A prominent expert has warned for an immediate need to take precautions against an expected big Marmara earthquake in the aftermath of the series of earthquakes that shook the country from east to west in the last week.
“The earthquake with a minimum magnitude of 7.3 is on the way and in a place where 60 percent of the building stock is weak like Istanbul, the outcomes of such an earthquake will be huge,” said Naci Görür, a member of the Turkish Academy of Sciences.
Speaking to Cumhuriyet daily, Görür said that the necessary measures for the upcoming earthquake were not taken.
Turkey has been hit by a series of earthquakes since the start of last week as a 5.2 magnitude quake June 25 jolted Van, while Manisa was rattled June 26 by a 5.2 magnitude tremor.
In the last link of this earthquake series, a magnitude 5.5 earthquake hit the the Aegean resort town of Marmaris on June 28.
Noting that there were active faults in the continental shelf where Kanal Istanbul, just by Lake Küçükçekmece in Istanbul’s west, reaches Marmara Sea, the academic talked about a possibility of a big tsunami that could follow the earthquake.
“In a possible earthquake, these [active] faults act on every part of the canal until [Lake] Küçükçekmece. There is no escape from this,” he said, adding that landslides can be over-triggered by these faults.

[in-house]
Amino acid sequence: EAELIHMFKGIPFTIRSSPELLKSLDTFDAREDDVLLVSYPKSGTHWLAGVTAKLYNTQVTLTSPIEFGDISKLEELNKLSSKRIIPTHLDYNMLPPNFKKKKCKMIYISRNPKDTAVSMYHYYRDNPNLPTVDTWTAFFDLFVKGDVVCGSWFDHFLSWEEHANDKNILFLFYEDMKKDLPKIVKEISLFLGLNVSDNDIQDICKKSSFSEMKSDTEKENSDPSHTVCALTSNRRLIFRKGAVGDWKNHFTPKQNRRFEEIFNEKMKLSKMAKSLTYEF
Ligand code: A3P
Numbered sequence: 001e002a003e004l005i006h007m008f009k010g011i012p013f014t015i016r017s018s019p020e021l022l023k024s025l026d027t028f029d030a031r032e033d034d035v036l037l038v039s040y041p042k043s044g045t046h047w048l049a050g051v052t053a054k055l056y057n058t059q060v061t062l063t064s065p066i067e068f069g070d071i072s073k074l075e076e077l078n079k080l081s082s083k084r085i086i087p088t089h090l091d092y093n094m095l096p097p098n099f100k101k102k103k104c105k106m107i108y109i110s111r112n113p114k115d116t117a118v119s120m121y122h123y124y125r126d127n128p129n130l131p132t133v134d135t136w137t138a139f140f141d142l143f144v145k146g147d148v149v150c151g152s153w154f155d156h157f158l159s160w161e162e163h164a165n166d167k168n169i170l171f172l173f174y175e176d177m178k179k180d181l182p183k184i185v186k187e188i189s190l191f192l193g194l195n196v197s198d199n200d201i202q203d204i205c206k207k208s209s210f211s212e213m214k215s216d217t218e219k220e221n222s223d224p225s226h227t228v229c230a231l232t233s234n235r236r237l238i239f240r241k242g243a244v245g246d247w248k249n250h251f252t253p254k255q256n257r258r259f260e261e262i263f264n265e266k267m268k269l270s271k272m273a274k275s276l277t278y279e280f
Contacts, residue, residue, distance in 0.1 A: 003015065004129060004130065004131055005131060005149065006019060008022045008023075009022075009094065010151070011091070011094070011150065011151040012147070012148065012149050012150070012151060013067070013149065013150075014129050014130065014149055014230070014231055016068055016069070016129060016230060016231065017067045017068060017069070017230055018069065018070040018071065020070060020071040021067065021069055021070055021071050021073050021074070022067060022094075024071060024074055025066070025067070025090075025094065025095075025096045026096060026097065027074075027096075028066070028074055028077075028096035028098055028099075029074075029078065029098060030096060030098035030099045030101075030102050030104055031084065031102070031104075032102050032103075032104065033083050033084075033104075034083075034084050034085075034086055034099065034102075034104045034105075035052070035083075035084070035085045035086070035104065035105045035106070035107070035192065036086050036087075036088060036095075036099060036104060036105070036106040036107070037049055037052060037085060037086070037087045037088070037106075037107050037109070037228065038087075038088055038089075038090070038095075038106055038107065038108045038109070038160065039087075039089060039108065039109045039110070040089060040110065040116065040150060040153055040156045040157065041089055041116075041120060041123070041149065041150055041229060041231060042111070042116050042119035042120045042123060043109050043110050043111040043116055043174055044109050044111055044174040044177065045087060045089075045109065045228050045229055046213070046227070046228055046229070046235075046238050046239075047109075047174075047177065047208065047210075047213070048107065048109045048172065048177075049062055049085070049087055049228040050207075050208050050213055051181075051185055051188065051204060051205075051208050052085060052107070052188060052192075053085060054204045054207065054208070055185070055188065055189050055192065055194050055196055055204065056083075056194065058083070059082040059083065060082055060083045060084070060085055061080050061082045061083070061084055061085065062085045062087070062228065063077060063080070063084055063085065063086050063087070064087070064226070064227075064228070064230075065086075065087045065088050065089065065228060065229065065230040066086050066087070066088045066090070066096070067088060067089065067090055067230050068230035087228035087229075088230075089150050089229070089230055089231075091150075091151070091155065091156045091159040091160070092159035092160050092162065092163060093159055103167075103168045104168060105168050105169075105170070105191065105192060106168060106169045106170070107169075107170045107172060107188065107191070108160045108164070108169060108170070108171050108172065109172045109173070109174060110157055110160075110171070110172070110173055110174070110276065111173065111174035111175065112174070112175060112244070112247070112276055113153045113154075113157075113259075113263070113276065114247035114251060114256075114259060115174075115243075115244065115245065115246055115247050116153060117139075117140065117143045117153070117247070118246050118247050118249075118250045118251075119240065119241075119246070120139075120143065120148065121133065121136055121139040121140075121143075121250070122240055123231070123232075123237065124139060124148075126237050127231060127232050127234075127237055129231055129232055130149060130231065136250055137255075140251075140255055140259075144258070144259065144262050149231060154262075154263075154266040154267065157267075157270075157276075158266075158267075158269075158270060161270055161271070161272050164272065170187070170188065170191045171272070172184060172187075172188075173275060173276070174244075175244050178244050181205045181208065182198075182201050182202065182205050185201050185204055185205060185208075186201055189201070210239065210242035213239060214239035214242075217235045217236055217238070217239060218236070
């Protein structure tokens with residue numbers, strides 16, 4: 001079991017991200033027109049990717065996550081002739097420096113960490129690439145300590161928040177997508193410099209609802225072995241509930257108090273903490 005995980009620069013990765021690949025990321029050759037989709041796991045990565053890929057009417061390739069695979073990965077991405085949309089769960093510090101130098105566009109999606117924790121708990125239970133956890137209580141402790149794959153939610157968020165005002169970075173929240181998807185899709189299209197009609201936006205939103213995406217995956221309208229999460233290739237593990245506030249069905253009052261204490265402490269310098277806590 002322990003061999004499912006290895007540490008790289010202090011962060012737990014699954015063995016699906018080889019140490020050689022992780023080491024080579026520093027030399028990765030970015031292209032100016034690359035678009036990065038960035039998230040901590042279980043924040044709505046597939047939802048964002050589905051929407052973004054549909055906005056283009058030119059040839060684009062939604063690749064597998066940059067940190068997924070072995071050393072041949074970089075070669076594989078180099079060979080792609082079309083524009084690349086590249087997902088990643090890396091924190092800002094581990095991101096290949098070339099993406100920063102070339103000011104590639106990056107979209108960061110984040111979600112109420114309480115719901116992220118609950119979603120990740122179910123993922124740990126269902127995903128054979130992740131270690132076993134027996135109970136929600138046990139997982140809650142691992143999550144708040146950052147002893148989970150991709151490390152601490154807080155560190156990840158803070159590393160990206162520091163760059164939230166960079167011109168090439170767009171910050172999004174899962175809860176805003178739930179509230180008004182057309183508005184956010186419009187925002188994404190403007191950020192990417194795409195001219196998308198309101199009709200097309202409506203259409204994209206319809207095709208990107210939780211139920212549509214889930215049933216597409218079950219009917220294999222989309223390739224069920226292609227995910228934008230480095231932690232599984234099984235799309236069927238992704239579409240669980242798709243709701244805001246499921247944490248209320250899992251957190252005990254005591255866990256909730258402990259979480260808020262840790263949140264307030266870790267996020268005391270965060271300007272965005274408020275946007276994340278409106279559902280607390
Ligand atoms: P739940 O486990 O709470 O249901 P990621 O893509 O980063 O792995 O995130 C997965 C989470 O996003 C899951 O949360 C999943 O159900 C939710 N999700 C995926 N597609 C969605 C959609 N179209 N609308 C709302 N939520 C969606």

He also stressed that if the tsunami waves reach the canal, the perimeter of the canal may be in danger of flooding due to a damming effect.
Meanwhile, the Istanbul Metropolitan Municipality prepared an earthquake loss estimate report for 39 districts of the country’s largest metropolis with a population of over 16 million.
The report describes how many buildings will be damaged in each neighborhood in a possible earthquake, the number of possible casualties and injuries, and the extent of infrastructure damage.
As a result of a 7.5 magnitude earthquake in Istanbul, more than 100,000 of buildings are expected to take medium and heavy damage according to the report.
The report, which shows that 90 percent of the buildings in districts such as Bayrampaşa, Şişli, Bayrampaşa and Güngören and which are 20 years or older, predicts that at least 14,000 people will die if such a destructive earthquake occurs.
Görür, however, deems the report very optimistic and claims that the number of deaths may be higher than expected.
Turkey is among the world’s most seismically active countries as it is situated on several active fault lines and dozens of minor earthquakes and aftershocks occur daily.
But the country has a history of powerful earthquakes too.
More than 17,000 people were killed in August 1999 when a 7.6 magnitude quake struck the western city of İzmit, 90 kilometers southeast of Istanbul. About 500,000 people were made homeless.